By Molly Govus
I remember the summer between sixth form and university being the longest summer of my life.
I needed it; I’d consistently worked hard for a good three of four years towards those three grades in a brown envelope. It was like after crossing the finish line of a race; a sigh of relief, a period of relaxation and an abundance of treating myself for my hard work. After all, you deserve to give yourself some down time after one of the hardest academic periods of your life, but be sure not to let your work ethic slip in your first year of university.
It’s a given; first year is for finding your feet, getting to know other people and generally living independently. The working hours drop considerably but that doesn’t mean your work ethic should, too. The one thing that came as a shock to me was my timetable; I went from having a structured full day to having only eight hours a week. Looking back, I learnt that time management is essential, and I truly cannot stress this enough. It can seem daunting at first; most of the hours in the day are free to use for literally anything.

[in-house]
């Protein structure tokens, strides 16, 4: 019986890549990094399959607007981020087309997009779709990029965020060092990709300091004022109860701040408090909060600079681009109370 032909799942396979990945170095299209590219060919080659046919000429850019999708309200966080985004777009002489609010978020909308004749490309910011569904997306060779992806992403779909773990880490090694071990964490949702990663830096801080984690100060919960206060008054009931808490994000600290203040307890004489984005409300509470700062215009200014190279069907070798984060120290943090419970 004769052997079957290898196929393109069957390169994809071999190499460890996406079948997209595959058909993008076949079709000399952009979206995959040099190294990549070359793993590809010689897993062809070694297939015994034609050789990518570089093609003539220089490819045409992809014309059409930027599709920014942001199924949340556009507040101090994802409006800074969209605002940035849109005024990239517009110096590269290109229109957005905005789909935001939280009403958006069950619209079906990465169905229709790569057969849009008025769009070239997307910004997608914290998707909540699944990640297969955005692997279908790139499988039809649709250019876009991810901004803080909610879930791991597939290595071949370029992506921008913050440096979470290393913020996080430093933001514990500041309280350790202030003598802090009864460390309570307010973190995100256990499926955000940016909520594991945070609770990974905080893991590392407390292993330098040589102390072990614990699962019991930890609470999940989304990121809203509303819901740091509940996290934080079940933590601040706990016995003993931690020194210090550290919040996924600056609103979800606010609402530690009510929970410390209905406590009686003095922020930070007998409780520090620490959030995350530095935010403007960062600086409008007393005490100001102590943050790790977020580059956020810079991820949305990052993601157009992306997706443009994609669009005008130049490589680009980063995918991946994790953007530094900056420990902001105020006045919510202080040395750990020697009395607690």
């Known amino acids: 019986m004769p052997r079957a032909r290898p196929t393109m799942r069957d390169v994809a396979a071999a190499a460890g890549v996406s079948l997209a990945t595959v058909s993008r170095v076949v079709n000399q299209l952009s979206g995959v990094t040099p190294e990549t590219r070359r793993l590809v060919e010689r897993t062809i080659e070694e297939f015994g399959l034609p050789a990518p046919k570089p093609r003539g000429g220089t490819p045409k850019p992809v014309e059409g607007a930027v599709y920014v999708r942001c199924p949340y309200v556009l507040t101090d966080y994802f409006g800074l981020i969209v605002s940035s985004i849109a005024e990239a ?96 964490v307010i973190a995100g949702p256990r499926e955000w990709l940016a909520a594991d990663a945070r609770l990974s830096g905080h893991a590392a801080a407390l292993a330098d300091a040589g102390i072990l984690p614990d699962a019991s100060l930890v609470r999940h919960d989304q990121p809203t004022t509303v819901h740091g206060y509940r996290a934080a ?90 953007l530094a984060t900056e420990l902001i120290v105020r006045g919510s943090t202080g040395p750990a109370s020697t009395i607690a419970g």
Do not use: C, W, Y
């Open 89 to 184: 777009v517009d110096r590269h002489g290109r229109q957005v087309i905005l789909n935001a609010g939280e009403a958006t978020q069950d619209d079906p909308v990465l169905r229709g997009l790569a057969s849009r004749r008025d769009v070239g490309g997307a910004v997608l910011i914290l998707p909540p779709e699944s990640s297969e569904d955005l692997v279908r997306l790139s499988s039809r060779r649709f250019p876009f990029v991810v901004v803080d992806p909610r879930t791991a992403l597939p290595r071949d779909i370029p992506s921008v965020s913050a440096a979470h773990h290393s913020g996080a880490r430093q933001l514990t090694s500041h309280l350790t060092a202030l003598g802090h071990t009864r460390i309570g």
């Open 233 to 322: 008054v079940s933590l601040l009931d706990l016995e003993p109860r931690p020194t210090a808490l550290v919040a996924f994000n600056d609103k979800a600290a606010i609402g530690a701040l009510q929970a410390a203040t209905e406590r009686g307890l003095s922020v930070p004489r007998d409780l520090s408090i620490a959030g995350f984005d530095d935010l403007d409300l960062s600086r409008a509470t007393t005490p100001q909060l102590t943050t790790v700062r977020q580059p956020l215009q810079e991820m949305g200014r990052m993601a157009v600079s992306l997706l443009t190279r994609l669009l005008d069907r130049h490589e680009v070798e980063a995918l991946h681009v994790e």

Understandably, it is a scary yet exhilarating realisation when you have full responsibility over the abundance of time that is given to you, but I would encourage you to use this to your advantage. Personally, I thrive off structure, so I wrote myself a little mock timetable of things to do in the day, no matter how mundane the activity may seem. It can be hard to feel motivated when you’re boxed into halls in Talybont, but I promise that it is something time and good habits will fix.
The saying of a ‘little fish in a big pond’ perfectly encapsulates how I felt once teaching started. It’s very easy to be anxious about referencing, seminars, lectures and even how to get a book out of the library, but rest assured, the support for students in first year is second to none. From writing and referencing workshops to time management handouts, your subject school will have support that is easily accessible to you.
Ultimately, I think ‘balance’ is the key word to keep in mind throughout your first year. Finding the point in the middle of work and play is what will help you thrive as a first-year student and there’s nothing that time and good habits can’t fix.
If you have any concerns about your own or someone else’s wellbeing, do not hesitate to contact Cardiff University’s Help & Advice team or visit their webpage at: